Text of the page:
Impact on the Industry
Although it may be common practice in industry to institute many of the measures that are identified in the proposed dietary supplement cGMPs, to require compliance through the promulgation of cGMP regulations exceeds the statutory authority granted to FDA under the FFDCA. As previously mentioned, many of the requirements go far beyond the provisions of the food cGMPs, and more closely resemble human drug cGMPs. The impact of the proposed dietary supplement cGMPs will be the greatest on the small and medium size manufacturers, without any assurances that the benefits identified by the agency will be achieved.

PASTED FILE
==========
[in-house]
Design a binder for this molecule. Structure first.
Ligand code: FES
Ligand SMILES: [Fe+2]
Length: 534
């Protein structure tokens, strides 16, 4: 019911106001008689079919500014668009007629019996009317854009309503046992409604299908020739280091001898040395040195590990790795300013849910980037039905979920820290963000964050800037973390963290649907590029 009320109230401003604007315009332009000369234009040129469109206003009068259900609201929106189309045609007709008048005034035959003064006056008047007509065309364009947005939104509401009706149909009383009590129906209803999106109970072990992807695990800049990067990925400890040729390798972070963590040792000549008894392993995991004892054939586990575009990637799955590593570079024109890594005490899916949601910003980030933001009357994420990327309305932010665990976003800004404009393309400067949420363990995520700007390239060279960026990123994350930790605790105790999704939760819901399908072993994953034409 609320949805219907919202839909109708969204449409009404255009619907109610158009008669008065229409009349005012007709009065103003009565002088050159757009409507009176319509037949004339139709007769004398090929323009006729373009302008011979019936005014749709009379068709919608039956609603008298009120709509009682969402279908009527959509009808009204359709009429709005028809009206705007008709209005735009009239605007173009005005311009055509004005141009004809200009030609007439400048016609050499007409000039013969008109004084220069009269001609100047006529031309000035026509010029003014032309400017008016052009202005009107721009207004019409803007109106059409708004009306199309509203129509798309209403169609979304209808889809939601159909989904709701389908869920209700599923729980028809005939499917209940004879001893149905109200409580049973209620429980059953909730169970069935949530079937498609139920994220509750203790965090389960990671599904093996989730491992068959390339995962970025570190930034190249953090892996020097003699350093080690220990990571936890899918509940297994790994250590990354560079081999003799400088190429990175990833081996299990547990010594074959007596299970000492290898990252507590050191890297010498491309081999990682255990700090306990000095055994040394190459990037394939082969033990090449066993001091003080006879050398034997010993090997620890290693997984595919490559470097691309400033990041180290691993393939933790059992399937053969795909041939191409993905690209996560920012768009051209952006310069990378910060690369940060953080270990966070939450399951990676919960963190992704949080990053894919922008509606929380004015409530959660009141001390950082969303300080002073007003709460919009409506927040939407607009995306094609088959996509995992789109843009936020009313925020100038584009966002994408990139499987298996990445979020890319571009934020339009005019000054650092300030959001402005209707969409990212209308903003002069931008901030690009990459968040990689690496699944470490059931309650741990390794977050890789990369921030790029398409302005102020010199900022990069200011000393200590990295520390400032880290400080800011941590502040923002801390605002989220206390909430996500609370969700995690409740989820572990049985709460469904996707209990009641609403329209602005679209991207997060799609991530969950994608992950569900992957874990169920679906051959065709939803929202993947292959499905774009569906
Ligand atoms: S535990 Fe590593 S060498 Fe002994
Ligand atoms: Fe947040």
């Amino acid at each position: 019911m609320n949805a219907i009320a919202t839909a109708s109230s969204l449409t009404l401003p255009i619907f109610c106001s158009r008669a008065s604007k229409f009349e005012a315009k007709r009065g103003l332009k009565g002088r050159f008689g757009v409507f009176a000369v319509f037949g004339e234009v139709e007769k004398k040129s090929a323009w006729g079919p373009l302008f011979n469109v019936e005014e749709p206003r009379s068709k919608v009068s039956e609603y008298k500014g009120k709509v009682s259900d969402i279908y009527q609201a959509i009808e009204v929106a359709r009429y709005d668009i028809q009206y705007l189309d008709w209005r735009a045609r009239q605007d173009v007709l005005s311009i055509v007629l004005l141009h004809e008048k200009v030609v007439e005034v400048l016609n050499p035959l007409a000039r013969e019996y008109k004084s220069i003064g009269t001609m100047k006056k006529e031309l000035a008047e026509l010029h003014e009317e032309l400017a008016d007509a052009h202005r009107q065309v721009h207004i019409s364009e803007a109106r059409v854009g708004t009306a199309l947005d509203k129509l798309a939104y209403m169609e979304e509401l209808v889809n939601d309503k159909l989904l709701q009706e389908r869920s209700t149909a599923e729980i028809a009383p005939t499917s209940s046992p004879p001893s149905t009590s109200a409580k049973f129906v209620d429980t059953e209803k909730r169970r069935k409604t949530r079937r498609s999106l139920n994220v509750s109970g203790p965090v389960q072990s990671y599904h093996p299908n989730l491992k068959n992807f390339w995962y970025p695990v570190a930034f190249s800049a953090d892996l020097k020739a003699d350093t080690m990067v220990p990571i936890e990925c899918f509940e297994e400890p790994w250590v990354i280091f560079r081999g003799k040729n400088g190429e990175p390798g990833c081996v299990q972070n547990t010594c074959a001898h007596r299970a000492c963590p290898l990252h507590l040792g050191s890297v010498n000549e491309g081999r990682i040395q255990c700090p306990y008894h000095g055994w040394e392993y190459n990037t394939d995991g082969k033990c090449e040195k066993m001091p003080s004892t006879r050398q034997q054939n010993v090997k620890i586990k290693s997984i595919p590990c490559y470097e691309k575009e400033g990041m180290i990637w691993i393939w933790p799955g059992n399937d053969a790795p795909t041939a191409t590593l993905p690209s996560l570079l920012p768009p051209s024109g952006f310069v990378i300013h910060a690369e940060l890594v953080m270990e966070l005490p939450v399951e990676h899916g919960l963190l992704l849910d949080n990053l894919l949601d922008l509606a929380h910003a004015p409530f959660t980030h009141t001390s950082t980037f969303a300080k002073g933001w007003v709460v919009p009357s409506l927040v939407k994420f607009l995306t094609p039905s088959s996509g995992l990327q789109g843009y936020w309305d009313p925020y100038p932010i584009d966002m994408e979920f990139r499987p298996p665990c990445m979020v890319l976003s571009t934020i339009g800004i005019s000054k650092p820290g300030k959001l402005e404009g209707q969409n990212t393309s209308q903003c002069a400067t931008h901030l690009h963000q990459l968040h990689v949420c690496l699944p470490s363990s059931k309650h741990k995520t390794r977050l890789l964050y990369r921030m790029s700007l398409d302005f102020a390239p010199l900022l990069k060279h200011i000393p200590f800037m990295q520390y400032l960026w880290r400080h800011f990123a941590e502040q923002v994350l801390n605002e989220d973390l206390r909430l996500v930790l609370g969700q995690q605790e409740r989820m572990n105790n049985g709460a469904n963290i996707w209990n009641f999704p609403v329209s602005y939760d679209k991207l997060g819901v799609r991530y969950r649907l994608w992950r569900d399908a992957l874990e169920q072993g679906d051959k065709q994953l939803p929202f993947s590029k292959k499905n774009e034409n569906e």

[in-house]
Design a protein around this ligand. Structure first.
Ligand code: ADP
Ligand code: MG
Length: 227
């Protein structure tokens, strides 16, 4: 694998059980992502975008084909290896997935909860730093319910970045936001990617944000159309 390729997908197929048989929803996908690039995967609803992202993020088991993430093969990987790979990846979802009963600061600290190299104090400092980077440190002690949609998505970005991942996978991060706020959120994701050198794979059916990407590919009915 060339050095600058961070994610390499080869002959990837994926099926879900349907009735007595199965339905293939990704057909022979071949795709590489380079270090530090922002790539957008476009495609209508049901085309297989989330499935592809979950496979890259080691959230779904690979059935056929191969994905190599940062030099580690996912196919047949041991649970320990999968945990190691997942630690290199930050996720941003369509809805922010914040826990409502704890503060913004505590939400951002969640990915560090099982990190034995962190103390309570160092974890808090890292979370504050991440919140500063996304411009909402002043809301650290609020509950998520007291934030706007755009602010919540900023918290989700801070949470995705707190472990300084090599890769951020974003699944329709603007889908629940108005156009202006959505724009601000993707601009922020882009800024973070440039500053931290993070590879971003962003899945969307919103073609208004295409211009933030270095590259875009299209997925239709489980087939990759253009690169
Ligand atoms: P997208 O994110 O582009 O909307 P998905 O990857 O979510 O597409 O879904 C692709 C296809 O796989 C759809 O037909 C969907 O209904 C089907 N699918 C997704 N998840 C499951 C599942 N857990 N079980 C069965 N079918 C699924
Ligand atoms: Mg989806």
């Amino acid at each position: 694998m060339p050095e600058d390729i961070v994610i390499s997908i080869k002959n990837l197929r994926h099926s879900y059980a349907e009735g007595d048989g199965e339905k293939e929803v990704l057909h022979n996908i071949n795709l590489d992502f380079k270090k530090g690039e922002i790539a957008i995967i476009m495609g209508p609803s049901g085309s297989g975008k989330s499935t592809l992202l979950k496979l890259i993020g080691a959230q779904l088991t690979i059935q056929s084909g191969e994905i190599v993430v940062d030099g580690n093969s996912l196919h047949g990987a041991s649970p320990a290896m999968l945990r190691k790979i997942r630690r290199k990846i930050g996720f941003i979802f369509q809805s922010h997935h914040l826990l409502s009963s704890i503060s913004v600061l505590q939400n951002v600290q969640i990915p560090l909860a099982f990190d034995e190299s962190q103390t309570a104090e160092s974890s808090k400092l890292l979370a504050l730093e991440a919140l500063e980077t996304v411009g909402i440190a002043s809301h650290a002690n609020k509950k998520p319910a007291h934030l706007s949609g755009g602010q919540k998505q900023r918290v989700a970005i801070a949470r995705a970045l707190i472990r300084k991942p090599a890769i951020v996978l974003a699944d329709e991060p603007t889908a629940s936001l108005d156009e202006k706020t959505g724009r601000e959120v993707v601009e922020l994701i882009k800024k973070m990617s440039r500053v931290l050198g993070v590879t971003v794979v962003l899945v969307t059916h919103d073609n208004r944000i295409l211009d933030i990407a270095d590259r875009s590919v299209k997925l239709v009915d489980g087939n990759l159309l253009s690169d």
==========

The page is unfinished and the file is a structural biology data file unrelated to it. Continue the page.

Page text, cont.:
The results of an industry survey on current industry practices was included in the proposed dietary supplement cGMP regulations and indicate that in some instances manufacturers are already utilizing some sort of good manufacturing practice. For example, 65% indicated that they follow some type of model for good manufacturing practices, generally those established for foods; however, 31% follow drug cGMPs established by FDA. With respect to QC, 85% indicated they have a person or unit responsible for QC activities. The majority also performs some test on incoming components and DIs, as well as on in-process materials or finished products. However, only 19% report consumer complaints to FDA. In light of these facts, it appears that FDA may be over-regulating an industry that may already be in compliance with the statutory criteria established by the FFDCA.